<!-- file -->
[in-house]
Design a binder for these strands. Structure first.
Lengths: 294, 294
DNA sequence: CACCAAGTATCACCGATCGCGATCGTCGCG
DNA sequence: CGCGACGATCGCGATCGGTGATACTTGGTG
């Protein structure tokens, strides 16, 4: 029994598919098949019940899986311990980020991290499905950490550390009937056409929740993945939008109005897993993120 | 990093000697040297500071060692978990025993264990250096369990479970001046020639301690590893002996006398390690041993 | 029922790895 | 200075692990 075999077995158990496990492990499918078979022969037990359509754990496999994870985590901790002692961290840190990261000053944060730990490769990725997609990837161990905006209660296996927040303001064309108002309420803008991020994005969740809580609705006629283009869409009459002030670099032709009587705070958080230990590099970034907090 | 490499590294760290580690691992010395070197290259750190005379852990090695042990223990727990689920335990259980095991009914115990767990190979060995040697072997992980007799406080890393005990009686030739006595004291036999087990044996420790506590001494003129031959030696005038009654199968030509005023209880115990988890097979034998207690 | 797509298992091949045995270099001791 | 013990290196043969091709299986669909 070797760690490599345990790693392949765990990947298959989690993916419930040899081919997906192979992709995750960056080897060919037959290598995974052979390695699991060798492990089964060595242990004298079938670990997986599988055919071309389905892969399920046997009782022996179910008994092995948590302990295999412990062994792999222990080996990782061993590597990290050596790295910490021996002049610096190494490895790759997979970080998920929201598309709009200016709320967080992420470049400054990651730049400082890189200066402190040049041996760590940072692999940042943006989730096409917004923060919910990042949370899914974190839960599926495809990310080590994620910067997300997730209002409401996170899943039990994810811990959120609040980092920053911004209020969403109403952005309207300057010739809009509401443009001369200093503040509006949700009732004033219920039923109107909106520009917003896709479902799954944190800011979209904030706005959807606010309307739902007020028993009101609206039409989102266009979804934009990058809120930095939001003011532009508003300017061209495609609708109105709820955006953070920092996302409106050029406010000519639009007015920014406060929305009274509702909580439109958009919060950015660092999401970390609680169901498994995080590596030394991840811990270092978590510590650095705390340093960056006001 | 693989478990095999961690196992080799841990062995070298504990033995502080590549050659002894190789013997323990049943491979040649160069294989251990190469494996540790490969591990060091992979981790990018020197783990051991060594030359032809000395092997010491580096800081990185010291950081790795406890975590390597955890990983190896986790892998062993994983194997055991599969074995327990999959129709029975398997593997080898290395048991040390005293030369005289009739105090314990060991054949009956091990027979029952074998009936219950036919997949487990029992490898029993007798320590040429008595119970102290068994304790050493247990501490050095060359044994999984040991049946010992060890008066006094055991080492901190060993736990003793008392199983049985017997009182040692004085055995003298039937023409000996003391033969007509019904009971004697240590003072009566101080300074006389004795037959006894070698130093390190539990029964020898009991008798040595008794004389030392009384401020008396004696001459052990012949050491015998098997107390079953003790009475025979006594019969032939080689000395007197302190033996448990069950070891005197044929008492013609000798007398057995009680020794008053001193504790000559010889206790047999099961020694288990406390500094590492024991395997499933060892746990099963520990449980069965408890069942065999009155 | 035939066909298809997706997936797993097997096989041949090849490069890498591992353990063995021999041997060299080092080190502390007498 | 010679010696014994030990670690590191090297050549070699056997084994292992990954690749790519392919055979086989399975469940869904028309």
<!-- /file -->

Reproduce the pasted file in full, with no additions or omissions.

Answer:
[in-house]
Design a binder for these strands. Structure first.
Lengths: 294, 294
DNA sequence: CACCAAGTATCACCGATCGCGATCGTCGCG
DNA sequence: CGCGACGATCGCGATCGGTGATACTTGGTG
């Protein structure tokens, strides 16, 4: 029994598919098949019940899986311990980020991290499905950490550390009937056409929740993945939008109005897993993120 | 990093000697040297500071060692978990025993264990250096369990479970001046020639301690590893002996006398390690041993 | 029922790895 | 200075692990 075999077995158990496990492990499918078979022969037990359509754990496999994870985590901790002692961290840190990261000053944060730990490769990725997609990837161990905006209660296996927040303001064309108002309420803008991020994005969740809580609705006629283009869409009459002030670099032709009587705070958080230990590099970034907090 | 490499590294760290580690691992010395070197290259750190005379852990090695042990223990727990689920335990259980095991009914115990767990190979060995040697072997992980007799406080890393005990009686030739006595004291036999087990044996420790506590001494003129031959030696005038009654199968030509005023209880115990988890097979034998207690 | 797509298992091949045995270099001791 | 013990290196043969091709299986669909 070797760690490599345990790693392949765990990947298959989690993916419930040899081919997906192979992709995750960056080897060919037959290598995974052979390695699991060798492990089964060595242990004298079938670990997986599988055919071309389905892969399920046997009782022996179910008994092995948590302990295999412990062994792999222990080996990782061993590597990290050596790295910490021996002049610096190494490895790759997979970080998920929201598309709009200016709320967080992420470049400054990651730049400082890189200066402190040049041996760590940072692999940042943006989730096409917004923060919910990042949370899914974190839960599926495809990310080590994620910067997300997730209002409401996170899943039990994810811990959120609040980092920053911004209020969403109403952005309207300057010739809009509401443009001369200093503040509006949700009732004033219920039923109107909106520009917003896709479902799954944190800011979209904030706005959807606010309307739902007020028993009101609206039409989102266009979804934009990058809120930095939001003011532009508003300017061209495609609708109105709820955006953070920092996302409106050029406010000519639009007015920014406060929305009274509702909580439109958009919060950015660092999401970390609680169901498994995080590596030394991840811990270092978590510590650095705390340093960056006001 | 693989478990095999961690196992080799841990062995070298504990033995502080590549050659002894190789013997323990049943491979040649160069294989251990190469494996540790490969591990060091992979981790990018020197783990051991060594030359032809000395092997010491580096800081990185010291950081790795406890975590390597955890990983190896986790892998062993994983194997055991599969074995327990999959129709029975398997593997080898290395048991040390005293030369005289009739105090314990060991054949009956091990027979029952074998009936219950036919997949487990029992490898029993007798320590040429008595119970102290068994304790050493247990501490050095060359044994999984040991049946010992060890008066006094055991080492901190060993736990003793008392199983049985017997009182040692004085055995003298039937023409000996003391033969007509019904009971004697240590003072009566101080300074006389004795037959006894070698130093390190539990029964020898009991008798040595008794004389030392009384401020008396004696001459052990012949050491015998098997107390079953003790009475025979006594019969032939080689000395007197302190033996448990069950070891005197044929008492013609000798007398057995009680020794008053001193504790000559010889206790047999099961020694288990406390500094590492024991395997499933060892746990099963520990449980069965408890069942065999009155 | 035939066909298809997706997936797993097997096989041949090849490069890498591992353990063995021999041997060299080092080190502390007498 | 010679010696014994030990670690590191090297050549070699056997084994292992990954690749790519392919055979086989399975469940869904028309």